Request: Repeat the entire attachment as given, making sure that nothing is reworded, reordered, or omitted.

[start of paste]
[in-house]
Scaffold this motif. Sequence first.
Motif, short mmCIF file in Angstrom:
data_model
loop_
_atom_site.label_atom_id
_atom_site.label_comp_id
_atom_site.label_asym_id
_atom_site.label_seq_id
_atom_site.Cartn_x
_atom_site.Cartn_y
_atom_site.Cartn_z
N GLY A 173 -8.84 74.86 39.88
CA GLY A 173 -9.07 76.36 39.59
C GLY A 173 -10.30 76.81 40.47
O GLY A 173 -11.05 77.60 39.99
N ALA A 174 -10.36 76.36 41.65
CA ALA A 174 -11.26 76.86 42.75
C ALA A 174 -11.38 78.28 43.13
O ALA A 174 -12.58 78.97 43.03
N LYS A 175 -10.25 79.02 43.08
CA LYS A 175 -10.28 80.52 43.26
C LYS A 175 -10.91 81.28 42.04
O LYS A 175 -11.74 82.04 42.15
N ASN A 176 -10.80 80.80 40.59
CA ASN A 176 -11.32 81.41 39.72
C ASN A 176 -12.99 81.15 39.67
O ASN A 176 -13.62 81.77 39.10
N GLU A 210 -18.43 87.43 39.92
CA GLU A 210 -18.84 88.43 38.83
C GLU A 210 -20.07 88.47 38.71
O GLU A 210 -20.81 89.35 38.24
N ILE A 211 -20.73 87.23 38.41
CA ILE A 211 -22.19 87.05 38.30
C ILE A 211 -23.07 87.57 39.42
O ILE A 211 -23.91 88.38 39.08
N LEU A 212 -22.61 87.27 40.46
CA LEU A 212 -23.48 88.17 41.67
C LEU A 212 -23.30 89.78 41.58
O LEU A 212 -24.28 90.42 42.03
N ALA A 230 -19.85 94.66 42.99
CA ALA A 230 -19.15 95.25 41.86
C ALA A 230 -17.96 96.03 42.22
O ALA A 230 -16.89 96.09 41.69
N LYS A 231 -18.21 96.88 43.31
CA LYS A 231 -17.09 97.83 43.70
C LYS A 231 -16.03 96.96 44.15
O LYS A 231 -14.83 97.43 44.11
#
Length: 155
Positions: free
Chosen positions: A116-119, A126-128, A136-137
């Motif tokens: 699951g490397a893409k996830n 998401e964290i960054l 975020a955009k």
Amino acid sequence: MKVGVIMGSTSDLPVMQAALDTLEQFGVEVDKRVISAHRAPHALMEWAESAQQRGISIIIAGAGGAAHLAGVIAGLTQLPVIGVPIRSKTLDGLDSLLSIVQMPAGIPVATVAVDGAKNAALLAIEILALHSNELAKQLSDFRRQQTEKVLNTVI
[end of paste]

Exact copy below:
[in-house]
Scaffold this motif. Sequence first.
Motif, short mmCIF file in Angstrom:
data_model
loop_
_atom_site.label_atom_id
_atom_site.label_comp_id
_atom_site.label_asym_id
_atom_site.label_seq_id
_atom_site.Cartn_x
_atom_site.Cartn_y
_atom_site.Cartn_z
N GLY A 173 -8.84 74.86 39.88
CA GLY A 173 -9.07 76.36 39.59
C GLY A 173 -10.30 76.81 40.47
O GLY A 173 -11.05 77.60 39.99
N ALA A 174 -10.36 76.36 41.65
CA ALA A 174 -11.26 76.86 42.75
C ALA A 174 -11.38 78.28 43.13
O ALA A 174 -12.58 78.97 43.03
N LYS A 175 -10.25 79.02 43.08
CA LYS A 175 -10.28 80.52 43.26
C LYS A 175 -10.91 81.28 42.04
O LYS A 175 -11.74 82.04 42.15
N ASN A 176 -10.80 80.80 40.59
CA ASN A 176 -11.32 81.41 39.72
C ASN A 176 -12.99 81.15 39.67
O ASN A 176 -13.62 81.77 39.10
N GLU A 210 -18.43 87.43 39.92
CA GLU A 210 -18.84 88.43 38.83
C GLU A 210 -20.07 88.47 38.71
O GLU A 210 -20.81 89.35 38.24
N ILE A 211 -20.73 87.23 38.41
CA ILE A 211 -22.19 87.05 38.30
C ILE A 211 -23.07 87.57 39.42
O ILE A 211 -23.91 88.38 39.08
N LEU A 212 -22.61 87.27 40.46
CA LEU A 212 -23.48 88.17 41.67
C LEU A 212 -23.30 89.78 41.58
O LEU A 212 -24.28 90.42 42.03
N ALA A 230 -19.85 94.66 42.99
CA ALA A 230 -19.15 95.25 41.86
C ALA A 230 -17.96 96.03 42.22
O ALA A 230 -16.89 96.09 41.69
N LYS A 231 -18.21 96.88 43.31
CA LYS A 231 -17.09 97.83 43.70
C LYS A 231 -16.03 96.96 44.15
O LYS A 231 -14.83 97.43 44.11
#
Length: 155
Positions: free
Chosen positions: A116-119, A126-128, A136-137
């Motif tokens: 699951g490397a893409k996830n 998401e964290i960054l 975020a955009k």
Amino acid sequence: MKVGVIMGSTSDLPVMQAALDTLEQFGVEVDKRVISAHRAPHALMEWAESAQQRGISIIIAGAGGAAHLAGVIAGLTQLPVIGVPIRSKTLDGLDSLLSIVQMPAGIPVATVAVDGAKNAALLAIEILALHSNELAKQLSDFRRQQTEKVLNTVI